Creative Commons Goes More Global With Version 4.0 / Hyperallergic

Original Creative Commons image via Kristina Alexander’s Flickrstream (Licensed under the Attribution-ShareAlike 2.0 Generic, CC BY-SA 2.0)

Original Creative Commons image via Kristina Alexander’s Flickrstream (Licensed under the Attribution-ShareAlike 2.0 Generic, CC BY-SA 2.0)

Most people who regularly use or create images, videos or music available online are familiar with Creative Commons, the California-based nonprofit organization that provides licensing options for building on, sharing or just keeping control over a user’s creative works. Creative Commons recently announced Version 4.0 of their licenses, which enables more anonymity, international translation options, and opportunities to regain rights if they’ve been inadvertently violated.

In Version 4.0, anyone who inadvertently violates a license can have their rights reinstated if the problem is corrected within 30 days. This option was not available in Version 3.0, which did not offer an opportunity to reinstate. In the new version, however, don’t expect to be completely off the hook for damages to copyright infringement during periods of non-compliance. The new version also now covers sui generis database rights that exist in the European Union, and in governments and publishers of public sector information.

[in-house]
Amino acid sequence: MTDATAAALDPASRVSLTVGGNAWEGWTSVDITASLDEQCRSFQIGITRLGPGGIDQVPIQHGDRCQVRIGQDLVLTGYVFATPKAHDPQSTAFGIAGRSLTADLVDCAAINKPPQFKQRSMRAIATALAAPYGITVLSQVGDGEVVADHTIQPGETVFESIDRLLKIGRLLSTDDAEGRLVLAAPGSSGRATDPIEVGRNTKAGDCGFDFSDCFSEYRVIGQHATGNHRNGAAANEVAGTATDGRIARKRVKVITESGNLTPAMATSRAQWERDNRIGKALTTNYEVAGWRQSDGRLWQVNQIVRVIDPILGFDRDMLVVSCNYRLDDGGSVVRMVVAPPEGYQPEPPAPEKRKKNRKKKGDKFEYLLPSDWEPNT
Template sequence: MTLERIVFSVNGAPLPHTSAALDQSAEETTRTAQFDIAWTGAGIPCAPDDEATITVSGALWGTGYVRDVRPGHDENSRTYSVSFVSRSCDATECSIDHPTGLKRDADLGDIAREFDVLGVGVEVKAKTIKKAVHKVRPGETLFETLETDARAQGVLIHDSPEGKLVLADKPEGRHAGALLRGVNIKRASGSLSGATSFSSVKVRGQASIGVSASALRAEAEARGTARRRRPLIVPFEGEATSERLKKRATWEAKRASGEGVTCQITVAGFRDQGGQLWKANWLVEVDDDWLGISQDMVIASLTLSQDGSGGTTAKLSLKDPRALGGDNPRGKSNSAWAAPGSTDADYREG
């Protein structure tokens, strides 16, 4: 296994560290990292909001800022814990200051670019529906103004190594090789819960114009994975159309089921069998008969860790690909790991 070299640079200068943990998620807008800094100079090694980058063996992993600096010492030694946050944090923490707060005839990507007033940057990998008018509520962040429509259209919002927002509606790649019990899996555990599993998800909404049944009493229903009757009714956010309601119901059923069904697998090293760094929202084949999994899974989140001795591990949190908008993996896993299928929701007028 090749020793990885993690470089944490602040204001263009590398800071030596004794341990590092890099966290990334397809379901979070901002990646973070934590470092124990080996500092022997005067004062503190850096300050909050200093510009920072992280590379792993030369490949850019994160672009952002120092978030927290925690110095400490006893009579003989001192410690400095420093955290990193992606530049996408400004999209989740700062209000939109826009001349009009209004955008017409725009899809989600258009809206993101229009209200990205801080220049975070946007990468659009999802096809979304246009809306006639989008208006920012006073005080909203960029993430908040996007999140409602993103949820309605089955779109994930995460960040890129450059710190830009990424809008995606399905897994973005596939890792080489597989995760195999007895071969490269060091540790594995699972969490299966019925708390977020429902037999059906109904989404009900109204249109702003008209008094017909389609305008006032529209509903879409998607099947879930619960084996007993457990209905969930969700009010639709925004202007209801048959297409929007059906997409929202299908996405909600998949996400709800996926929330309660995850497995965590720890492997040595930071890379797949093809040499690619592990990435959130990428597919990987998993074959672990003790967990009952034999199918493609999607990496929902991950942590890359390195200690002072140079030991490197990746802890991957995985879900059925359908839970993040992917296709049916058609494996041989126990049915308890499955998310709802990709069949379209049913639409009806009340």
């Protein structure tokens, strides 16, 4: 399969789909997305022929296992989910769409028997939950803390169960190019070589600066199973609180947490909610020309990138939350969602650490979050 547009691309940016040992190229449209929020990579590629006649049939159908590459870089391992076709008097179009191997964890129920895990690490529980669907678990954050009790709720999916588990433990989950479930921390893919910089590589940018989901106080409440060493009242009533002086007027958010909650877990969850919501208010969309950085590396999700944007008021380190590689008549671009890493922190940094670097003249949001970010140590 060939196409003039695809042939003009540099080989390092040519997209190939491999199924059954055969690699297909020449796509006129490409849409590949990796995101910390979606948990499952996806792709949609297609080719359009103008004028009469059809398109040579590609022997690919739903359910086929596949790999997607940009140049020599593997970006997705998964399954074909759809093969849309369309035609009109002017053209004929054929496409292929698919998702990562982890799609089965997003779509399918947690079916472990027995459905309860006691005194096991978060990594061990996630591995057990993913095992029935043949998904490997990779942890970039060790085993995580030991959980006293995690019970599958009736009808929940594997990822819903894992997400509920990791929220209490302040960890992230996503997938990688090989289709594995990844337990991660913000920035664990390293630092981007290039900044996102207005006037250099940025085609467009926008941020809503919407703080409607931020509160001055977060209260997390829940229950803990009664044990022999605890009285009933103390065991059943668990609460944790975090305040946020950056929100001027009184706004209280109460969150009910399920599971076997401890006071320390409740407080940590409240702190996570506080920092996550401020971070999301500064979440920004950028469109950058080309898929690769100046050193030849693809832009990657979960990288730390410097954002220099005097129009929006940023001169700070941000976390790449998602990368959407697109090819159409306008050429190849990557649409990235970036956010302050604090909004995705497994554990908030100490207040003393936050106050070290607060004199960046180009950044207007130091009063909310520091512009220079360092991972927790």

Over time, the 4.0 license will become more global as Creative Commons introduces more official translations of the licenses. This will avoid possible misuse due to issues that were perhaps lost in translation. Users who want to stay with older versions may do so; in order to have licensing under 4.0, users must update on their own.

Read the full story on Hyperallergic: http://hyperallergic.com/96592/creative-commons-goes-more-global-with-version-4-0/